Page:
The federal Labor-Management Relations (Taft-Hartley) Act sets forth as a basic right the freedom of choice of covered employees with respect to unionization and the establishment of collective bargaining. While protecting certain concerted activities, this statute makes it unlawful, among other things, for a labor organization to strike or picket for certain proscribed objectives. In this area of regulation (i.e., the purposes of labor combinations and economic pressures) the federal machinery is exclusive to the extent that the necessary relationship to interstate commerce is present and exceptions to coverage are inapplicable. While the Supreme Court of the United States has made it clear that the federal preemption doctrine does not prevent state court injunctions against violence and disorder associated with a labor dispute, such courts do not have jurisdiction to regulate by means of the injunction peaceful strikes and picketing by labor organizations when the doctrine is applicable.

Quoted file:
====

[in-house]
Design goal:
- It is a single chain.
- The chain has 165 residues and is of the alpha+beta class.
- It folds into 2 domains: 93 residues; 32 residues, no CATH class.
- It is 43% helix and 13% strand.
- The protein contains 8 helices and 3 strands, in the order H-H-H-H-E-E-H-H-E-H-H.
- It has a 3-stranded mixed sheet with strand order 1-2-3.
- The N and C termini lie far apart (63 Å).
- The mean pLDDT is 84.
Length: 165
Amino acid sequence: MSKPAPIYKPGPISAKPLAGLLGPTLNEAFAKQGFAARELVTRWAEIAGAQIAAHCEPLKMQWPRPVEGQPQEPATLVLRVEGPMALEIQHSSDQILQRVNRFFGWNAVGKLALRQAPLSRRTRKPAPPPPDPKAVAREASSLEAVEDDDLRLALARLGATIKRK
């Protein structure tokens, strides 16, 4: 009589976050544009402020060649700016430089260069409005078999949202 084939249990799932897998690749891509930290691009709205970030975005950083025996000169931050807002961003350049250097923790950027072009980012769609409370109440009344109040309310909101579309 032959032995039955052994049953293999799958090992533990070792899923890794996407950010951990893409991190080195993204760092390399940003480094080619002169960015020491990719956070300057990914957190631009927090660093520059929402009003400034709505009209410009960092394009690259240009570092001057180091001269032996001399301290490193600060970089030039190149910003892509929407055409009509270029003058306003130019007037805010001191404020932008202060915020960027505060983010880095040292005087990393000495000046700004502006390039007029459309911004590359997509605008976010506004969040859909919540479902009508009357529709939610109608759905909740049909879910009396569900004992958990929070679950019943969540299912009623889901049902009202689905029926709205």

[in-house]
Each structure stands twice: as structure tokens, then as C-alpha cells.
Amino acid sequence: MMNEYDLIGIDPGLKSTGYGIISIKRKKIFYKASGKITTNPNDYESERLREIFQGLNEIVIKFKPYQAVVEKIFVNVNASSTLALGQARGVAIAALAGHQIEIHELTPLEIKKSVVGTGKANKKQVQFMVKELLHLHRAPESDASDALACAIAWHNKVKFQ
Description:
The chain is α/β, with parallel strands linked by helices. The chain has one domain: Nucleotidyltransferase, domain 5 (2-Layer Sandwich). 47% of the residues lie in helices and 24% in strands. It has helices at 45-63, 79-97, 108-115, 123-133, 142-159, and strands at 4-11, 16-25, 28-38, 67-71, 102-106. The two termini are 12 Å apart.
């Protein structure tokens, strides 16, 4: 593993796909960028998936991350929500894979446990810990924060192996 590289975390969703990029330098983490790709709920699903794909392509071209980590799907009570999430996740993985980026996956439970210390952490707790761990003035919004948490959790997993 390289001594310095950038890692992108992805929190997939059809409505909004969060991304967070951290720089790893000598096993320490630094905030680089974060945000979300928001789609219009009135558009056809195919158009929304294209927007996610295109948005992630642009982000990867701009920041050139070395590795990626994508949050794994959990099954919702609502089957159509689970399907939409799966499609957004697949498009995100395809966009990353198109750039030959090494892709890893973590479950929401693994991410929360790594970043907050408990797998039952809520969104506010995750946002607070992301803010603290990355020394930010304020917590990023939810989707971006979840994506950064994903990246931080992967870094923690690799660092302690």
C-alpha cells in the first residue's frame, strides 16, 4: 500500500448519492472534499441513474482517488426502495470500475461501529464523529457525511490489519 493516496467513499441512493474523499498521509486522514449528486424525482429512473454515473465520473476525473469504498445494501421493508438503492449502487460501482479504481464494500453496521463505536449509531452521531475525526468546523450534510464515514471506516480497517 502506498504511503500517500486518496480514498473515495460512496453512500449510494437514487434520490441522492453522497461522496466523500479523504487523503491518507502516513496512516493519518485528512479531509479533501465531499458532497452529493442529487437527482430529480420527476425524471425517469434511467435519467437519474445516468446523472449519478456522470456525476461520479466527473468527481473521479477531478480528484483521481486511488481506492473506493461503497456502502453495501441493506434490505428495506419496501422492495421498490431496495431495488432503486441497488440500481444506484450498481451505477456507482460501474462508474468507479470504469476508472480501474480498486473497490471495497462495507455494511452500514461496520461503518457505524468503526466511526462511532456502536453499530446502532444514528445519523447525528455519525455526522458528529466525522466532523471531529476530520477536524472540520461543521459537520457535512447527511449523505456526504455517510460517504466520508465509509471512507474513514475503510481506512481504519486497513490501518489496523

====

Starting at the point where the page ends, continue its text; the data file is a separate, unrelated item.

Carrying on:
Paul H. Sanders and J. Gilmer Bowman, Jr.,
Labor Law and Workmen's Compensation -- 1958 Tennessee Survey,
11 Vanderbilt Law Review
Available at: https://scholarship.law.vanderbilt.edu/vlr/vol11/iss4/22